Clearly, NHL brass believes the current system is outdated; now it’s simply about getting buy-in from all parties. But for this season – if and when it ever begins – Winnipeg and all other teams are stuck in the division they played in last season.
Hey Adam, First one’s not hockey related – I was wondering if you grew up in Toronto? I found an old swimming report card from when I was a kid and my instructor was Adam Proteau, and I thought of you!
Second one is hockey related – With older players having trouble securing contracts post-lockout (notably, Dominik Hasek in the last few days), I was wondering what the deal with player retirement is? How come some players have official announcements and releases, while some never “formally” retire? Does that mean they don’t receive a pension? Is it just a personal choice? Thanks Adam – I hope I hear from you about that first one!
Ryan McBurney, Toronto
Yes indeed, before I became a sportswriter, I was a lifeguard and swim teacher. It was a great job for a student and I’d recommend it to anyone. Hope I at least passed you.
As far as retirements go, it’s really dependent on the player and his particular situation. There’s no hiding the choice of top-end stars to step away from the game, so players such as Nicklas Lidstrom are celebrated greatly. However, for the bulk of NHLers, the choice to end their career in the planet’s best league isn’t their own.
For example, longtime defenseman Patrice Brisebois played his last game in the 2008-09 campaign and held out hope he’d receive an offer for the following season. When that didn’t materialize, he began his post-career life (and now is a member of the Canadiens management team). It’s not a comment on his contributions that he went out with more whimper than bang. It’s just the reality.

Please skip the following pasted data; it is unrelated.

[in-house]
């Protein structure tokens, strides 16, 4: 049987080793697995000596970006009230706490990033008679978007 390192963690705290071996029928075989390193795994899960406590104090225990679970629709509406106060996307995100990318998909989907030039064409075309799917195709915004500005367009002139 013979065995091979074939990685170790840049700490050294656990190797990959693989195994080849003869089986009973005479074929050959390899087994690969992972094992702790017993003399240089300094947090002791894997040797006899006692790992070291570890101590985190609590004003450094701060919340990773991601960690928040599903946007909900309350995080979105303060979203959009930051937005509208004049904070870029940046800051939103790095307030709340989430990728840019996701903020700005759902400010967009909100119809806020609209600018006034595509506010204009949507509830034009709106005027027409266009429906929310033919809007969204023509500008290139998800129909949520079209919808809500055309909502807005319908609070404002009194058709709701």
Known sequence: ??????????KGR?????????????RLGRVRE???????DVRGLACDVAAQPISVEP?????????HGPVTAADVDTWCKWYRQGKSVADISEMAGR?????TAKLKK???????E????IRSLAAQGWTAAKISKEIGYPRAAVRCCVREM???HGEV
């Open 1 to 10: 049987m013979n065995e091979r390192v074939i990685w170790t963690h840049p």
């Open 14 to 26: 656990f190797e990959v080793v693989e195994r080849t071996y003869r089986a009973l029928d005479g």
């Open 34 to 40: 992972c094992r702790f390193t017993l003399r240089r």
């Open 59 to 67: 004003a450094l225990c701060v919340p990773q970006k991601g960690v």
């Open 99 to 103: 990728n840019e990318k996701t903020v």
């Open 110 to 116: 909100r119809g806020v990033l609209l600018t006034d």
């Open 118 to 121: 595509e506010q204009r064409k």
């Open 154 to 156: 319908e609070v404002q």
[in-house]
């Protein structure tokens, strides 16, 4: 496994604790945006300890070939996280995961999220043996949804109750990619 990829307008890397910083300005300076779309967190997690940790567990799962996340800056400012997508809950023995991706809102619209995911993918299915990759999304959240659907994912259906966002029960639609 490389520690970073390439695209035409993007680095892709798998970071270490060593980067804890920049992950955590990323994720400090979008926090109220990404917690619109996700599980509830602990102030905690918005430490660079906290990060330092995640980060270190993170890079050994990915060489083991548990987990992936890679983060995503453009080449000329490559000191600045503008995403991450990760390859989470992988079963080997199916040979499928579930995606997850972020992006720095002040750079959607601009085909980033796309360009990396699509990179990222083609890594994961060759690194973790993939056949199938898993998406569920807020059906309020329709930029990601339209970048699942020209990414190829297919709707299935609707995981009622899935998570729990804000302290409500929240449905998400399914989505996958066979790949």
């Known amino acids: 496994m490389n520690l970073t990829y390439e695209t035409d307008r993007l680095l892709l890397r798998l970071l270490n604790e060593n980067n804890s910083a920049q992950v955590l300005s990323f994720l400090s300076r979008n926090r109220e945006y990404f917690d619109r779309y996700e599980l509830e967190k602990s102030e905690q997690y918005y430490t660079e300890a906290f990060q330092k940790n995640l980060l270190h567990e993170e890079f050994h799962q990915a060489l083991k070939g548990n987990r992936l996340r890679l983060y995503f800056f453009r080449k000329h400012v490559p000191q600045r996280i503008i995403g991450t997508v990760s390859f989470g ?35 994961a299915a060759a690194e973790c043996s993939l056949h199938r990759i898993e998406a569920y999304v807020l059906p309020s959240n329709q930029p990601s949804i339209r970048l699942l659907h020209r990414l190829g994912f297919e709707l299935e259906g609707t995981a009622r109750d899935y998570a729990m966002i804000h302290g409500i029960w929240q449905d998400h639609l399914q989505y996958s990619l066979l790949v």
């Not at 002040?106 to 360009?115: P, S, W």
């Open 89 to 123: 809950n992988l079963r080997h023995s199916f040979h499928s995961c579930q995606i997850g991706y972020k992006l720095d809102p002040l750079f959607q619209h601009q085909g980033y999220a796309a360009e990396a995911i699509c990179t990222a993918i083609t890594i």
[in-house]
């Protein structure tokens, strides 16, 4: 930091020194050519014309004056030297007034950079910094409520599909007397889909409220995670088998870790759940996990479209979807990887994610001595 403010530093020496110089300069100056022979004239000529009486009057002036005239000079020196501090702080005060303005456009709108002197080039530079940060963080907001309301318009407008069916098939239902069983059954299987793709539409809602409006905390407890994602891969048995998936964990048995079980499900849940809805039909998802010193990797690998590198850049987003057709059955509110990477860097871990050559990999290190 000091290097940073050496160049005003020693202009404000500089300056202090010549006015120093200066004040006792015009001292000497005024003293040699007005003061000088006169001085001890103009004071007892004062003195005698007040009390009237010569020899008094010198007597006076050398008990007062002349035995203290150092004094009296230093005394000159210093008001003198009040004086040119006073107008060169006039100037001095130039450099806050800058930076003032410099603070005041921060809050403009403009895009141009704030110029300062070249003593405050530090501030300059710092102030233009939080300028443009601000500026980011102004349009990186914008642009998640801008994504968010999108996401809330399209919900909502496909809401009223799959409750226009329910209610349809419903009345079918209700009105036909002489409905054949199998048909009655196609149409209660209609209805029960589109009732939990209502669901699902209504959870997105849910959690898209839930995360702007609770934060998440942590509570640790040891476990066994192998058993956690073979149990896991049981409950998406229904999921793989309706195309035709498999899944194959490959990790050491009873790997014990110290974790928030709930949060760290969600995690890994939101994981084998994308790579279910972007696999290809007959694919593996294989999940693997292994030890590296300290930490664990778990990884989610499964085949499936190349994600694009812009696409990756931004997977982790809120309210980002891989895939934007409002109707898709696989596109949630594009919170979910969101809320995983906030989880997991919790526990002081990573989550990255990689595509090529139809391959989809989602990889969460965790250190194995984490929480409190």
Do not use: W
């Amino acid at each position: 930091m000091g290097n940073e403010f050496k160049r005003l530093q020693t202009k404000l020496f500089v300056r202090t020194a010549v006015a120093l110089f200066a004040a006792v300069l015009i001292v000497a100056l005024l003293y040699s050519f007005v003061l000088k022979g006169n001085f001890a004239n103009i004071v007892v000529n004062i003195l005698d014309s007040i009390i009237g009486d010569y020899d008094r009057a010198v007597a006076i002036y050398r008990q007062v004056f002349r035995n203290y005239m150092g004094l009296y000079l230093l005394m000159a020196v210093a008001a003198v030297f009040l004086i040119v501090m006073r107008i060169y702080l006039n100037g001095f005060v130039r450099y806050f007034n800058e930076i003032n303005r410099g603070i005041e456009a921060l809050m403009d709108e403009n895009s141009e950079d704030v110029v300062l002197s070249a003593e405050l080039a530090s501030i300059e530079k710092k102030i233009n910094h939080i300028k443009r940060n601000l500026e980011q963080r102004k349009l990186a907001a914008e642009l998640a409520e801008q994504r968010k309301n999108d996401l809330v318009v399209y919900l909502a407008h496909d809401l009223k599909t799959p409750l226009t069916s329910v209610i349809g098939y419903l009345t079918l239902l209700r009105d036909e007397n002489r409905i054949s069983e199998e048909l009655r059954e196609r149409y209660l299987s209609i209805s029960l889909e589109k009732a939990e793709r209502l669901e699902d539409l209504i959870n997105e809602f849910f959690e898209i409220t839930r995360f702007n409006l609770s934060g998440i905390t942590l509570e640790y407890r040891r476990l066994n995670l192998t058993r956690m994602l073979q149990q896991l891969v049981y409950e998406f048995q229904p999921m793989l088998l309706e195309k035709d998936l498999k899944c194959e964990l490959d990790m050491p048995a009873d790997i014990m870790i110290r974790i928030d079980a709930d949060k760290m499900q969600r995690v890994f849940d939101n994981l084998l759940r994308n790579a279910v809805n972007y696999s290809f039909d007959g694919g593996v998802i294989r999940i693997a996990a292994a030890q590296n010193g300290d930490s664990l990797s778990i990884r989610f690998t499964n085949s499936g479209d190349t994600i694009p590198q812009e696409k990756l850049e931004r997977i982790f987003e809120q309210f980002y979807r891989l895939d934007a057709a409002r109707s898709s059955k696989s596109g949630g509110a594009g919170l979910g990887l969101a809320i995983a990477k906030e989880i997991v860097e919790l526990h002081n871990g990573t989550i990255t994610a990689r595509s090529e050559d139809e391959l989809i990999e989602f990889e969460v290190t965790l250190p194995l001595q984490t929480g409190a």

In terms of pensions, they’re based on number of career games credited to the player, including games missed due to injury, trade or waiver claim. To qualify for an $8,000 per year pension that begins at age 45, players must be credited with 160 games. If they have at least 400 games, they receive $12,500 a year from age 45 on, as well as a $250,000 lump sum payout at age 55. Those numbers will change when a new labor deal is agreed to, but for now, that’s the breakdown.
Adam, how do you think Ovechkin will do in the points department? Also, how do you think Washington will do with new head coach Adam Oates?
Simon Ramsay, Georgetown, Ont.
I hear nothing but good things about Oates’ coaching abilities. He’s apprenticed behind NHL benches, paid his dues and earned the opportunity he’s received from the Capitals. They’ve got more than enough talent to work with – yes, even after Alex Semin’s departure – and should be a contender for top spot in the Southeast Division.
Ovechkin, on the other hand, has much more pressure on him – pressure to show he’s not a coach-killer; pressure to show he can rebound to the offensive form that captured the imagination of the hockey world when he first broke into the league in 2005; and pressure to demonstrate he can be an effective leader of a still-young Caps team. Not sure if he’ll come through on every one of those counts, but nobody is giving up on him yet.